We had a couple of days snow towards the end of October, which although earlier was nice as it showed us where our winter preparations were lacking,  apart from the obvious not having 3 months of supplies in the cellar.     This winter is going to be a challenge as we are living in the (unfinished) main house for the first time and we still have much work to do to finish off the property.     Although in all fairness to ourselves, I think the fact that the extension has NO heating in it means we will do minimal, if any, work on that until March concentrating instead on getting a couple of rooms in the main house decorated.     If we don't feel like work we may just hibernate and start afresh in spring, although I do have a couple of pieces of Bulgarian, furniture I want to refurbish and we've put a petchka in the temporary  workshop  (main house spare room).

Before the really cold weather arrives we need to relocate the internal staircase that Paul, the genius, built.     Luckily we didn't fix it into final position because using it, unfixed it's THAT good, has uncovered a siting flaw.   This is nothing major and fits in with our ethos of living with ideas before making them fixed in stone, or wood in this case.    The final positioning of the staircase does effect the kitchen design though, so we need to sort it so I can have a 'proper' kitchen again.  Field kitchens, or corner of living/sleeping area kitchens, are all well and good but I miss creating proper meals and treats.

I mentioned earlier that Dayle helping with the extension roof led to more work for him it also led to work for Paul, helping on a building refurbishment.    Unfortunately this meant he was away Monday morning until Friday night for a couple of weeks,   Miss Independent I Can Do That  had been taught it was ok to ask and accept help only for her 'teacher' to abandon her.  Boohoo.    It was a sad time but also I realised how much I had learnt about my own limitations, we had some MORE windows that needed stripping down and sanding and much as I love playing with power tools the size of these windows made them hard work so I did little and often.  My favourite Bulgarian expression at this time is leko po leko (literally it means "slightly slightly" but tends to be used as English speakers would say "little by little")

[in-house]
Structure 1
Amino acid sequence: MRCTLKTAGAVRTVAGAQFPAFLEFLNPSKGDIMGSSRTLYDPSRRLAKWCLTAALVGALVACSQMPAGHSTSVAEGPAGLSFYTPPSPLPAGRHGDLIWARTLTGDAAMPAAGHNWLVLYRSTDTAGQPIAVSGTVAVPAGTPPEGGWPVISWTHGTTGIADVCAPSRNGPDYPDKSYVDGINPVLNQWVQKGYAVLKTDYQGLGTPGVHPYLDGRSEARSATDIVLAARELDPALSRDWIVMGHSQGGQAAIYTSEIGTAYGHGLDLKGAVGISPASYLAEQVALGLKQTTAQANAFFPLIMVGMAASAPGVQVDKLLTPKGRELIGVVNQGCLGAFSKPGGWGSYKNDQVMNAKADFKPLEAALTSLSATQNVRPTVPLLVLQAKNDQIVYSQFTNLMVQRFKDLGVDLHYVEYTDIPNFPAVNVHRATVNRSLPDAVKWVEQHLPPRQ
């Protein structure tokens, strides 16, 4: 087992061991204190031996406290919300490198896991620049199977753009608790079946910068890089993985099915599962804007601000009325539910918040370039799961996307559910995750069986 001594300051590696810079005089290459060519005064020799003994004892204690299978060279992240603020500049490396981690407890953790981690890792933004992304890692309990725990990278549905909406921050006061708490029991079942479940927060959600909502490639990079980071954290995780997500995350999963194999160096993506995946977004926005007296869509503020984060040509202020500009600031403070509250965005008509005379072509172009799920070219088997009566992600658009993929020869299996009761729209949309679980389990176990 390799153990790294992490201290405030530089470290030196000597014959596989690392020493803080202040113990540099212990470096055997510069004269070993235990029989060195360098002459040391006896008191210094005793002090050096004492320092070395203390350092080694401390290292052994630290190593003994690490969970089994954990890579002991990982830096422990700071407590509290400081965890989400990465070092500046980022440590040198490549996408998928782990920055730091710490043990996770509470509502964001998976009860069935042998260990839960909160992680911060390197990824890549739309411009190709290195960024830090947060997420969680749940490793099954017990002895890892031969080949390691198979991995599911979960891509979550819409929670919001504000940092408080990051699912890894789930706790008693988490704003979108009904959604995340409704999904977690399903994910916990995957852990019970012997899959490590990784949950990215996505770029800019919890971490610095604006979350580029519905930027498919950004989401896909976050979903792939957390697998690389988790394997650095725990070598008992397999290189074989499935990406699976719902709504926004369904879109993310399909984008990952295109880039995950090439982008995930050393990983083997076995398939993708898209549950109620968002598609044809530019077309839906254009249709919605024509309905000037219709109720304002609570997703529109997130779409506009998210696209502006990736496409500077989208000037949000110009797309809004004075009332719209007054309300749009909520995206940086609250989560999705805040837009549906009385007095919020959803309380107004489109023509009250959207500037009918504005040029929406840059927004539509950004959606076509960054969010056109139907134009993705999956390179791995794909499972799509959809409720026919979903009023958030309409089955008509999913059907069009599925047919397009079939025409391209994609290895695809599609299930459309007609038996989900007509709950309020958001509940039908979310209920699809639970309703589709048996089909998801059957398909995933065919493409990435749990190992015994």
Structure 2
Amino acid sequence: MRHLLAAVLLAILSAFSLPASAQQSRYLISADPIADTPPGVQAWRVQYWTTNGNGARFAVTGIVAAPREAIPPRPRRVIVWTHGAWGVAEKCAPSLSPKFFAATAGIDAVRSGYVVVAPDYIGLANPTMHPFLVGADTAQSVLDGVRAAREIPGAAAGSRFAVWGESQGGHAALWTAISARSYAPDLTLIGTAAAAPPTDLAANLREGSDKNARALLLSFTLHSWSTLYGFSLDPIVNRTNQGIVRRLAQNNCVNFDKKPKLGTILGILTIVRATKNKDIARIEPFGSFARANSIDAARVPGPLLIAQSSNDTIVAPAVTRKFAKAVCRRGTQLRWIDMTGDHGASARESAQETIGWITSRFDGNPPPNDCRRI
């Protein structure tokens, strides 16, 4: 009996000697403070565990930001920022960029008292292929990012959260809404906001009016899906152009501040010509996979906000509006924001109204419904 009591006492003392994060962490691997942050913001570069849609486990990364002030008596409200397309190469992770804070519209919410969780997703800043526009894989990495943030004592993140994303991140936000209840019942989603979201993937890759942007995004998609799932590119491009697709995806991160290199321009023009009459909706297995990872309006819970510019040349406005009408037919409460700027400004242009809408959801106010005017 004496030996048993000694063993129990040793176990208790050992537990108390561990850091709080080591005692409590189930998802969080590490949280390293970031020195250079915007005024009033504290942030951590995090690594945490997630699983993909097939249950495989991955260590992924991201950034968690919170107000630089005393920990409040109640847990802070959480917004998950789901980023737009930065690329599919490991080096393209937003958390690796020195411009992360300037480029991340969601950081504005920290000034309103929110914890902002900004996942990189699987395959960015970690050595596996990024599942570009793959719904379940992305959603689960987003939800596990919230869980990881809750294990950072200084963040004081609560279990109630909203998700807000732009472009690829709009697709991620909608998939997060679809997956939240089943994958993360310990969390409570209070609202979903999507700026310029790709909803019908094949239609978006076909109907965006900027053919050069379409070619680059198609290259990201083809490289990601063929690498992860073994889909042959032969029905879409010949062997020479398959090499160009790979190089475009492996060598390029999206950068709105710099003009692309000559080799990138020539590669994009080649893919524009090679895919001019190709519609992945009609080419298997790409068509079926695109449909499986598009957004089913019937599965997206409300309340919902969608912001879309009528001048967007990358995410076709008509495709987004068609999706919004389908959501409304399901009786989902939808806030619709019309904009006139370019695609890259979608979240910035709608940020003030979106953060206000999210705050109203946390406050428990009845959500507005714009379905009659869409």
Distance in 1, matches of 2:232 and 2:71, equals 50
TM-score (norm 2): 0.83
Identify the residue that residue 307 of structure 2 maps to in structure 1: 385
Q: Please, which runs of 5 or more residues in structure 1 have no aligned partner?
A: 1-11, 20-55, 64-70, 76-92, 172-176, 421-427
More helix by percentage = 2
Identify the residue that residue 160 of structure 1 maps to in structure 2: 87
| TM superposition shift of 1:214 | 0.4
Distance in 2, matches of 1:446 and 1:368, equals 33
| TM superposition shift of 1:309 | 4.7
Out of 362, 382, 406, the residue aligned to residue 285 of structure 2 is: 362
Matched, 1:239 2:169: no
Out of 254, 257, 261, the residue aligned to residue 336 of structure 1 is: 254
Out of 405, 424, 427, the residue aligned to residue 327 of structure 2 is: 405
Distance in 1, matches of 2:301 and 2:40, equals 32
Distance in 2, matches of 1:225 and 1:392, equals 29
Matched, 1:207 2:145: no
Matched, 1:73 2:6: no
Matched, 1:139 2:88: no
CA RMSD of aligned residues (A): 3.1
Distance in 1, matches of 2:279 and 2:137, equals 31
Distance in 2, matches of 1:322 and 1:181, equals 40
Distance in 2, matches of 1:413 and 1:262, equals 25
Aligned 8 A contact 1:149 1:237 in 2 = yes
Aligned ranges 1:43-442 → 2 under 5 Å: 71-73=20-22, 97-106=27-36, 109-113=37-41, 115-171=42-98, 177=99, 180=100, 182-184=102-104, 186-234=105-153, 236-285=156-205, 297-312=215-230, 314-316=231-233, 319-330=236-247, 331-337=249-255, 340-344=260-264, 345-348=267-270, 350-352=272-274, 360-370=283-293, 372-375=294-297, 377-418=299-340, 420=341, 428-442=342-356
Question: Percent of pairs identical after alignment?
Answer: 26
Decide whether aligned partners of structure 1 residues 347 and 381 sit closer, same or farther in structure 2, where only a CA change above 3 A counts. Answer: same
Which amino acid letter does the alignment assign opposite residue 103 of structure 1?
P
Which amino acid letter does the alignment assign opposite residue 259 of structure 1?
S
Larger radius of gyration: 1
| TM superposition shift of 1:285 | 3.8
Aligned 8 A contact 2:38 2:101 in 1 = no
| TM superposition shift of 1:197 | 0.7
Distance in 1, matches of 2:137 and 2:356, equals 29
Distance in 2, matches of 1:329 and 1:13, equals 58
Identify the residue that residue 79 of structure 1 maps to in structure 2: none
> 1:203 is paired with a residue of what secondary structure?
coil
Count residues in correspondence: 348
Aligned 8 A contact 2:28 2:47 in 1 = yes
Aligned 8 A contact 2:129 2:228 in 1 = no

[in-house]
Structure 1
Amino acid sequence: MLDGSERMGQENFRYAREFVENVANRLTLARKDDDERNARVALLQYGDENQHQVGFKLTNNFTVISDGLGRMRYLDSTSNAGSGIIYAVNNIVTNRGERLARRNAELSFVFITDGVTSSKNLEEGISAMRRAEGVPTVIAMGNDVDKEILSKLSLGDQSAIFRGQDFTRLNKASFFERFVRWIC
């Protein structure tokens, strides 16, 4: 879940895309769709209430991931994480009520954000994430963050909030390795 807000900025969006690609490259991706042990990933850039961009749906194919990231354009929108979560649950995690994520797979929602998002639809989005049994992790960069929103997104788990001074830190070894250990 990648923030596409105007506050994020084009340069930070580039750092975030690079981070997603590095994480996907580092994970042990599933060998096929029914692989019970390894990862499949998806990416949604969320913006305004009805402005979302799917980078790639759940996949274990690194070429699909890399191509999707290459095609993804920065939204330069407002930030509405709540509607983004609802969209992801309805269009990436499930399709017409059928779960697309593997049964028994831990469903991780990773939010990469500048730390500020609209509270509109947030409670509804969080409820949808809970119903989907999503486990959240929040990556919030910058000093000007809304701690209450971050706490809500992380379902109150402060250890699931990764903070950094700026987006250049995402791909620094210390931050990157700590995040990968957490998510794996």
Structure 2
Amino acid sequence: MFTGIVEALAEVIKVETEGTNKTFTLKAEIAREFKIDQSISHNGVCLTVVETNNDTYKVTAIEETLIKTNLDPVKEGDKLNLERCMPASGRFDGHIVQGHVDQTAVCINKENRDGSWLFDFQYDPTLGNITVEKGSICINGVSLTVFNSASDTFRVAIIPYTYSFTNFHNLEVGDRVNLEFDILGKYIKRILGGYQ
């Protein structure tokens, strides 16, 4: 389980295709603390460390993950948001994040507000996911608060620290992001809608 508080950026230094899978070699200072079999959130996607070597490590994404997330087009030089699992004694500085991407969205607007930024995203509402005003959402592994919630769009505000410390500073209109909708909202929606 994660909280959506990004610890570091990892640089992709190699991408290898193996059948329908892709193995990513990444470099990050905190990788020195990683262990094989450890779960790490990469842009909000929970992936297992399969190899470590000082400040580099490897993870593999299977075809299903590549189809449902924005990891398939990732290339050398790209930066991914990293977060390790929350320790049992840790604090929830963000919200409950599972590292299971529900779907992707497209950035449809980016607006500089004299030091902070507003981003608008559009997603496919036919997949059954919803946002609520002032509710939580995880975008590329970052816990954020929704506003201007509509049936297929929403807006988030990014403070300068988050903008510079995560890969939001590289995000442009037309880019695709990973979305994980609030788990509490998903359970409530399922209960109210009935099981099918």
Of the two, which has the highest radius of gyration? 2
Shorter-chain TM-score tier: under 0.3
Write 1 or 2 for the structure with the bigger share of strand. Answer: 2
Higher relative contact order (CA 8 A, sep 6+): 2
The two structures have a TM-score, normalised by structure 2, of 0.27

Reading back over this post it has a definite negative feel about it.  I apologise for that but will admit to having lost my mojo recently, as my strength returns it'll return and hopefully lots of little projects will be completed over the hibernation months.   In between looking after the animals

Thursday, October 16, 2014

Five weeks with someone else's teenagers

13th Julya month since the fire and I arrive home with Paul's youngest 2 children who are staying for five weeks.    When the flights were booked 8 months previously we started making a list of places to visit and things to do with them.   Unfortunately all plans are null and void as rebuilding our home HAS to take priority.   However it was Jim's 13th Birthday the week they arrived and we couldn't let that go unrecognised, so a trip to Ruse it was.   First off Jumbo, which I thought was just a toy megastore but it's actually a home wares shop as well, Jim picked up some plasticine and as it was his birthday how could we not get it for him.    Then no trip to Ruse is complete without a visit to at least one builders merchants so a flying visit to Mr Bricolage was followed by a leisurely lunch in Ruse' main square.    


Paul choose the establishment based on the food would appeal to the kids, not only because of the length of the waitresses skirts/belts­, at least that's his story.     After lunch we had a wander around and Jim decided he needed to check the water temperature of each and every fountain/water feature.